If you have suffered harm due to a personal data breach because the BCC field was not filled out in an email, you may be able to claim. Contact our advisors today to learn more.
In order to make a claim for compensation, the breach must affect your personal data. Personal data is information that could identify you. Emails can contain a variety of personal data. For example, an email could contain your:
- First names and surname
- Home address
- Date of birth
- Email address
- Bank account details
- Debit card number
- Credit card number
- Phone numbers
An email can also contain special category data. This is a kind of personal data that needs extra protection according to the UK GDPR and DPA. Special category data can include information that relates to your:
- Health, such as information found in your medical records
- Sexual orientation
- Trade union membership
- Race or ethnic origin
- Religious views
If your personal data breach claim succeeds, you could receive material and non-material damage. Non-material damage aims to address the psychological injuries caused by the breach. For example, if you suffer from stress due to a data breach, or if a data breach affects your mental health, you could claim for this under non-material damage.
Below, you can find a table that showcases guideline compensation amounts from the Judicial College Guidelines (JCG). These help solicitors value compensation claims. Please note that these figures are guidelines only, and the amount of compensation you could receive can differ.
|Severity||Form Of Injury||Damages||Notes|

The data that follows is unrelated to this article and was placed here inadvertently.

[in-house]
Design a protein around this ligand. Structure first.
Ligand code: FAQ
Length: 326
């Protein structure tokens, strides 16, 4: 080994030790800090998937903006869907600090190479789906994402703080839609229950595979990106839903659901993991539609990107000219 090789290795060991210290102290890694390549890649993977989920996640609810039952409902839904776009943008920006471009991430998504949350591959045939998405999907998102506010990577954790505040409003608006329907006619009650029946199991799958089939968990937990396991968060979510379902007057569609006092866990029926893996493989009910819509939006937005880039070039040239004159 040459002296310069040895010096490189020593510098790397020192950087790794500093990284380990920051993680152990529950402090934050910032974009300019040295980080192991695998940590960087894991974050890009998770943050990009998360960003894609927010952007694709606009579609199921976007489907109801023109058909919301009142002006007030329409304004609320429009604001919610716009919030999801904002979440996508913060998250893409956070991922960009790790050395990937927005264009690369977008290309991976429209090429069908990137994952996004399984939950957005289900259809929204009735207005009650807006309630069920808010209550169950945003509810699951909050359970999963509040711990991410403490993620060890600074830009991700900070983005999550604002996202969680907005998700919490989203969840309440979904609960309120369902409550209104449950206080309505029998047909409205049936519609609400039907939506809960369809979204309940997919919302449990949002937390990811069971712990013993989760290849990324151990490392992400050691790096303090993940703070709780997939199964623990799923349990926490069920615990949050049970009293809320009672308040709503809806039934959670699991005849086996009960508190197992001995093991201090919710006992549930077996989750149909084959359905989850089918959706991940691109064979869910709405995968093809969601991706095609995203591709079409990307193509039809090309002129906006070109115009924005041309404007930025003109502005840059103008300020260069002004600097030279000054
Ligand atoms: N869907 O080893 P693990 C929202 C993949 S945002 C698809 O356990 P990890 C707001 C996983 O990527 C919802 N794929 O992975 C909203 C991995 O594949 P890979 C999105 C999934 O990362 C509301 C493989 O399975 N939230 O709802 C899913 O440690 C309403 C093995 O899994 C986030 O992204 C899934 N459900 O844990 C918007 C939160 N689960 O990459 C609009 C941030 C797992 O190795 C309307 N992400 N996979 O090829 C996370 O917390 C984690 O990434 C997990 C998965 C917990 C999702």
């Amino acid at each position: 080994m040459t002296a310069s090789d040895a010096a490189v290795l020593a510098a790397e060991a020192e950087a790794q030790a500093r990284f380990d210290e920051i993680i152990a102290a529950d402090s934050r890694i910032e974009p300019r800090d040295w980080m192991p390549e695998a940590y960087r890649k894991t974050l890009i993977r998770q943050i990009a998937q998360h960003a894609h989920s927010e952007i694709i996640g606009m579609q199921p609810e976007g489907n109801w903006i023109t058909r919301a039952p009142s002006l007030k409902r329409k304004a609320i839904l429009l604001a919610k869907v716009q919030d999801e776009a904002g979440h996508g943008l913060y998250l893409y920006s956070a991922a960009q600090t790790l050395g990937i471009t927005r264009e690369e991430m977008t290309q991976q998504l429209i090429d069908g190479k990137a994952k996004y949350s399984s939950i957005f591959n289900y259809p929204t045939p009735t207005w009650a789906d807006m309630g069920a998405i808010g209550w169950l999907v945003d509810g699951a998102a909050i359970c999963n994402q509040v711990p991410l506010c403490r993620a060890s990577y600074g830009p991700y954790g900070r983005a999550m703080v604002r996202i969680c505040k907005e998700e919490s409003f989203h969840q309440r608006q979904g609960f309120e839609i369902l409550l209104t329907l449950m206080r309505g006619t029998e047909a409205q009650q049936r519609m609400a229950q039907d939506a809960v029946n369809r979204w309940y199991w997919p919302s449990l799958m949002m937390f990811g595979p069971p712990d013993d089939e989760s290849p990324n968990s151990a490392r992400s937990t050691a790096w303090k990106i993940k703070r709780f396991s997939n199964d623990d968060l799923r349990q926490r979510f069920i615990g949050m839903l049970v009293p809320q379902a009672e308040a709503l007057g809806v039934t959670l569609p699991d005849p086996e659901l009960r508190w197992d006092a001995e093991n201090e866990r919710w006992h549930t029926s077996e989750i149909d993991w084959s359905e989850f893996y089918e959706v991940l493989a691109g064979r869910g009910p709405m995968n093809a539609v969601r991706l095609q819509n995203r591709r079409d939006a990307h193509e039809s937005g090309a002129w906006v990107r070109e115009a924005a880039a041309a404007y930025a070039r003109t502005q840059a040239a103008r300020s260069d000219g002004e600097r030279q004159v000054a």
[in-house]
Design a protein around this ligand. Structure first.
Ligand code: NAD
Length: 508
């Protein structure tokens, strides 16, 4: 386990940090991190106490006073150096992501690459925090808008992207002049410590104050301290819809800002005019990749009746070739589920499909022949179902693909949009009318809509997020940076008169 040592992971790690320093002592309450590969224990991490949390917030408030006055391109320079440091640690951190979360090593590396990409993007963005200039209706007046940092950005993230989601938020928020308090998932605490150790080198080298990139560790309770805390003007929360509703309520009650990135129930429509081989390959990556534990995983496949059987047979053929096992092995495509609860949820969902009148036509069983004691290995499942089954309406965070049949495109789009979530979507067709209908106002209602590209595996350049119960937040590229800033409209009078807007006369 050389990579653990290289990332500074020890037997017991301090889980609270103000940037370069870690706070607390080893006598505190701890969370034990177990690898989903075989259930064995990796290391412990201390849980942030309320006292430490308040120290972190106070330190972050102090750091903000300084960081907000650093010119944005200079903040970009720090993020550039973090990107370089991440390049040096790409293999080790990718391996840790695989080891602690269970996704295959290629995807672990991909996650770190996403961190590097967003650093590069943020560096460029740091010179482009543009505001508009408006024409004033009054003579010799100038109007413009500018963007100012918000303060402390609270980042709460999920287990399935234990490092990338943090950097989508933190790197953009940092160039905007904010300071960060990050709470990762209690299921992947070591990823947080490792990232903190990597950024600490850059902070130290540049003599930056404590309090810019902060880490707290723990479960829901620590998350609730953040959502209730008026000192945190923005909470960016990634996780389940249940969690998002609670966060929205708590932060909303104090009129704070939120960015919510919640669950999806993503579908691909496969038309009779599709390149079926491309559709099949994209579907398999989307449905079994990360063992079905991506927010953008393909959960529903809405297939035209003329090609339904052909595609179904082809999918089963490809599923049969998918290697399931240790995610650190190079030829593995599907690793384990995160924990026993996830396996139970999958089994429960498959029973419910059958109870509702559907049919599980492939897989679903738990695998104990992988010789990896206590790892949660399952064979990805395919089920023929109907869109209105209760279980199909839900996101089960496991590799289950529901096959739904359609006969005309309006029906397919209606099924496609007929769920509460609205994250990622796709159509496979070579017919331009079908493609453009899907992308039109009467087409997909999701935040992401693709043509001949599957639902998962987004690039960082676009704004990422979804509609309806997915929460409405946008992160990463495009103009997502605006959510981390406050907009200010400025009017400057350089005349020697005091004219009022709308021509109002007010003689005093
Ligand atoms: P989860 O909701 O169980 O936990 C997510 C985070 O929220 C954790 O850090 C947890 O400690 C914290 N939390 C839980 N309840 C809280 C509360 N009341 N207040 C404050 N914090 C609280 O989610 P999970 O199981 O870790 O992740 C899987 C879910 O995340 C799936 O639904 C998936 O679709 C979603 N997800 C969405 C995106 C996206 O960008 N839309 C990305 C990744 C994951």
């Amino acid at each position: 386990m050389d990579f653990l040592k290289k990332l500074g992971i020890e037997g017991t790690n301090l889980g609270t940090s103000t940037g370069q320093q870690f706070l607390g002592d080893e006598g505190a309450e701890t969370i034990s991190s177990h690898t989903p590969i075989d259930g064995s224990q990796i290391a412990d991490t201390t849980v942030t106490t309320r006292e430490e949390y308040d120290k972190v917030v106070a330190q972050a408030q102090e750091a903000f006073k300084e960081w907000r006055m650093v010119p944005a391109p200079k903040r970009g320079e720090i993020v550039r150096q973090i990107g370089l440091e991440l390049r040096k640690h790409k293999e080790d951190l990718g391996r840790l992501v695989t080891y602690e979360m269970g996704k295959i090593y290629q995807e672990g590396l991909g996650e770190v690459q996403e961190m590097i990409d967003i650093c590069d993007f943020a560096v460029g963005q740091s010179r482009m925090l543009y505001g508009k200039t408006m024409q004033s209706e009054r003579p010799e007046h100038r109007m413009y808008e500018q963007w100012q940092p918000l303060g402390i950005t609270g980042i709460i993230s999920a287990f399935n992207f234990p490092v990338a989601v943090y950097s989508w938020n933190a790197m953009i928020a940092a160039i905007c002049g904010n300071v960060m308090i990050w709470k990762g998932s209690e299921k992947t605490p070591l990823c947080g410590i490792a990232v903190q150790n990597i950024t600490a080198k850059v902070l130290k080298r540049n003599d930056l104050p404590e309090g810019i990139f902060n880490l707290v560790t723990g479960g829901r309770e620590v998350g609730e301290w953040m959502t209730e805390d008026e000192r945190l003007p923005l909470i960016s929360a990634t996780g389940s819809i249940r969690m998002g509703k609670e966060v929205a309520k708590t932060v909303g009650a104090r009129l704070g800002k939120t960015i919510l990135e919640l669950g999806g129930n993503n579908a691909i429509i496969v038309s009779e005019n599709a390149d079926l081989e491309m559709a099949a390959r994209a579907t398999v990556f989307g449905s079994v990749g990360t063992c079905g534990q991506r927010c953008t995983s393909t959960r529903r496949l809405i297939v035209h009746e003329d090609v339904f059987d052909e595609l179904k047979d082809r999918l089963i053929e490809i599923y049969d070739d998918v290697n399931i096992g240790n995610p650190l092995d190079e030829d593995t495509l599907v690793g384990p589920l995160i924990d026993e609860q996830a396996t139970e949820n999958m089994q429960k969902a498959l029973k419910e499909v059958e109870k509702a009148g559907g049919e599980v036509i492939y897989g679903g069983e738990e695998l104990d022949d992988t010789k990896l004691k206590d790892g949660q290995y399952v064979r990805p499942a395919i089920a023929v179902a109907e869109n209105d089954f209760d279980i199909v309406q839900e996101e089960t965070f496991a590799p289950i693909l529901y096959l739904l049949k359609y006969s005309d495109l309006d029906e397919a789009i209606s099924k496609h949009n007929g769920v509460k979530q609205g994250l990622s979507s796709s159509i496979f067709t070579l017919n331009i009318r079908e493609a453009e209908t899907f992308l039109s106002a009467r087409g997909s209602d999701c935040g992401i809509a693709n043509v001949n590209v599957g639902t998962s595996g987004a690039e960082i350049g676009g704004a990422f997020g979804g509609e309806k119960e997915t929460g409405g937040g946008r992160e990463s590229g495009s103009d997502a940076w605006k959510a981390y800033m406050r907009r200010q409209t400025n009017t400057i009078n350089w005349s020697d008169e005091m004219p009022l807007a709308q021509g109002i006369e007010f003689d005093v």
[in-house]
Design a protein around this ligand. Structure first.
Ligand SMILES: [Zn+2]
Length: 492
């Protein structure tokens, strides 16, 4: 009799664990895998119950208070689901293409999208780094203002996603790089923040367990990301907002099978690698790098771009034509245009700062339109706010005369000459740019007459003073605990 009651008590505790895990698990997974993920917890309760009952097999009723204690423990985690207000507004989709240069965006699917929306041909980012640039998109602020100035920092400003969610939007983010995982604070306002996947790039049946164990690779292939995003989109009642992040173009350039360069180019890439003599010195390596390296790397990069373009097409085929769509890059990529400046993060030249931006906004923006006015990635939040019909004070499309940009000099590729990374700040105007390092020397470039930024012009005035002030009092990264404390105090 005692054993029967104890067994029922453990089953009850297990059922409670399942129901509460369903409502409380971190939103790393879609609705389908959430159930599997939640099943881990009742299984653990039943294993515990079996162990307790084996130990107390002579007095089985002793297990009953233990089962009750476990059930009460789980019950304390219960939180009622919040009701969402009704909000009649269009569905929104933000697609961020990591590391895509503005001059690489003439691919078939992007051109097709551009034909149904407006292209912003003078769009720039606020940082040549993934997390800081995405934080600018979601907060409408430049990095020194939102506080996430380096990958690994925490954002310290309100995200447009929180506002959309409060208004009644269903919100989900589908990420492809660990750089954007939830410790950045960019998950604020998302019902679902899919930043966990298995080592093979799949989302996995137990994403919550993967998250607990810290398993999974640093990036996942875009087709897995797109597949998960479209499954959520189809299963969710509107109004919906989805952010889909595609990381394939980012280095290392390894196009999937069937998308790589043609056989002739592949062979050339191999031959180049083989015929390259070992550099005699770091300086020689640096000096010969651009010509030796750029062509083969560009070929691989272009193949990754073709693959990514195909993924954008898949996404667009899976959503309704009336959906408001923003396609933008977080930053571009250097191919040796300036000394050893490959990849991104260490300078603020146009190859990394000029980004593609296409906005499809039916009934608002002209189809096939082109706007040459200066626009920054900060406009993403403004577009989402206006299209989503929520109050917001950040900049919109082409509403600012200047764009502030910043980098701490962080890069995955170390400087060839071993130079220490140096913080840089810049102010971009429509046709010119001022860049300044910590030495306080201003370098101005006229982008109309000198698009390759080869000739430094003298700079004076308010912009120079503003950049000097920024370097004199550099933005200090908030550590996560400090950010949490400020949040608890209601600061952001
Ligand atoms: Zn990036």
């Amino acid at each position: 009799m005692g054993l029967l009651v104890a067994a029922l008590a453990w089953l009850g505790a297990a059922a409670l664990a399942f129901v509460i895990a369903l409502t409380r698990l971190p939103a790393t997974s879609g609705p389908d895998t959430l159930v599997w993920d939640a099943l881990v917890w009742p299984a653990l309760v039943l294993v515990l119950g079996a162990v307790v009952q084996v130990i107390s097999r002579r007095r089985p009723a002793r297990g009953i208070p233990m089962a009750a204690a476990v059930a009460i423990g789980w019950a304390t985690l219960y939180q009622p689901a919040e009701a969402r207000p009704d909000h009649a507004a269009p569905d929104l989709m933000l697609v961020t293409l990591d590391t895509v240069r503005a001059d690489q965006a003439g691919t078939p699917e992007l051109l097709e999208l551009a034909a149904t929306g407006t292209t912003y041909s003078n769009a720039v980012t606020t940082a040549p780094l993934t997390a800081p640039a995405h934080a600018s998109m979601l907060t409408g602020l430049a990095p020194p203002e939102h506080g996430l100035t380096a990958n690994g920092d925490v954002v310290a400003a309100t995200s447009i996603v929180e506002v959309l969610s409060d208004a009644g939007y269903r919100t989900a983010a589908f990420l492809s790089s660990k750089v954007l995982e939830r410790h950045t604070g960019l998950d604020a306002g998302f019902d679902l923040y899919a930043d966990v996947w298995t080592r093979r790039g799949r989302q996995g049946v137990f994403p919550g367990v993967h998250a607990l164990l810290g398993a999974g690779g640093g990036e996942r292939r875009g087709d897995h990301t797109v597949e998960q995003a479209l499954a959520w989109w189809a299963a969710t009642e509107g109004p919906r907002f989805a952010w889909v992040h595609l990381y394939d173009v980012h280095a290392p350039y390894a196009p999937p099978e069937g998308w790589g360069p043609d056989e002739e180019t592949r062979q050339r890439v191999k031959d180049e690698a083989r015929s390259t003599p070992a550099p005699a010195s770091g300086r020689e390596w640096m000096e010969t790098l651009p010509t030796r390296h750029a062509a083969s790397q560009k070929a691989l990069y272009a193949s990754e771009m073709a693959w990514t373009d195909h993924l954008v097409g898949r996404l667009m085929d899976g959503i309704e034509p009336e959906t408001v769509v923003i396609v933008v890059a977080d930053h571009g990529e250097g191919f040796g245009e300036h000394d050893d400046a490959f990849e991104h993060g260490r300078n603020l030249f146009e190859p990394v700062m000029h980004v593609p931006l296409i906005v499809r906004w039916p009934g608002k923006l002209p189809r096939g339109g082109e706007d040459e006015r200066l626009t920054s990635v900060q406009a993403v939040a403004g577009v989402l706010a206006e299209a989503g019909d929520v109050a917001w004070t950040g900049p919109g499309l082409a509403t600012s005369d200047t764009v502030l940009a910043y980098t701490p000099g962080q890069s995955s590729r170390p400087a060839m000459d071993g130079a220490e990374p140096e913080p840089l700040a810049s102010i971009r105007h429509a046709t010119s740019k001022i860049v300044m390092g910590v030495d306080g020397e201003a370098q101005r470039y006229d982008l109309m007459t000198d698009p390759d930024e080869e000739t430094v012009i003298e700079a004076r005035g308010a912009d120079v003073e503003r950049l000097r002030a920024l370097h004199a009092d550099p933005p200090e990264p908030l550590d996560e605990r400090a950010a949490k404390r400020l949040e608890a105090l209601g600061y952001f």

|A - Severe||Psychological Damage||£54,830 to £115,730||The person has a generally poor prognosis and faces significant issues in coping with areas of daily life.|
|B - Moderately Severe||Psychological Damage||£19,070 to £54,830||Whilst still facing significant issues, there is a better prognosis.|
|C - Moderate||Psychological Damage||£5,860 to £19,070||An improvement in symptoms garners a more optimistic prognosis.|
|D - Less Severe||Psychological Damage||£1,540 to £5,860||The impact of the symptoms and the length of time affected are considered in this bracket.|
|A - Severe||Anxiety Disorder||£59,860 to £100,670||Trauma has impacted all parts of this person’s life. They are not able to return to functioning or working at pre-trauma levels.|
|B - Moderately Severe||Anxiety Disorder||£23,150 to £59,860||A better prognosis and some recovery can be attained through professional help.|
|C - Moderate||Anxiety Disorder||£8,180 to £23,150||A large recovery occurs, though some non-disabling symptoms remain.|
|D - Less Severe||Anxiety Disorder||£3,950 to £8,180||A virtually full recovery takes place within 2 years, with only minor symptoms extending past this point.|
Material damage aims to address the financial impacts of the breach. For example, if you need to take time away from work to recover from the psychological injuries caused by the breach, you may experience a loss of earnings. In this case, you could claim these losses back under material damage.
Contact our advisors today to get a free consultation of your claim. Or, read on to find out how a solicitor from our panel could help you.
You may be wondering how legal representation could benefit your claim. A solicitor from our panel could represent you under a Conditional Fee Agreement (CFA). Under this kind of No Win No Fee arrangement, you typically will not have to pay any upfront or ongoing fees to your solicitor. If your claim succeeds, the only fee taken by your solicitor would be a success fee. This is a small percentage of your compensation award. However, if your claim does not succeed, you do not pay this fee.
Contact Advice.co.uk today to see if you can claim compensation:
- Call 0161 696 9685 to talk to a claims expert.
- Contact us via our website.
- Or, use the Web Chat service to speak to an advisor.
Email And Organisational Data Breach Cases
We have included some internal and external guides about data breaches and protecting your personal data.
- How To Make A Lost Records Data Breach Compensation Claim
- How To Claim For A Witness GDPR Data Breach
- Recruitment Agency UK GDPR Data Breach – When Could You Claim Compensation?
Or, for more resources: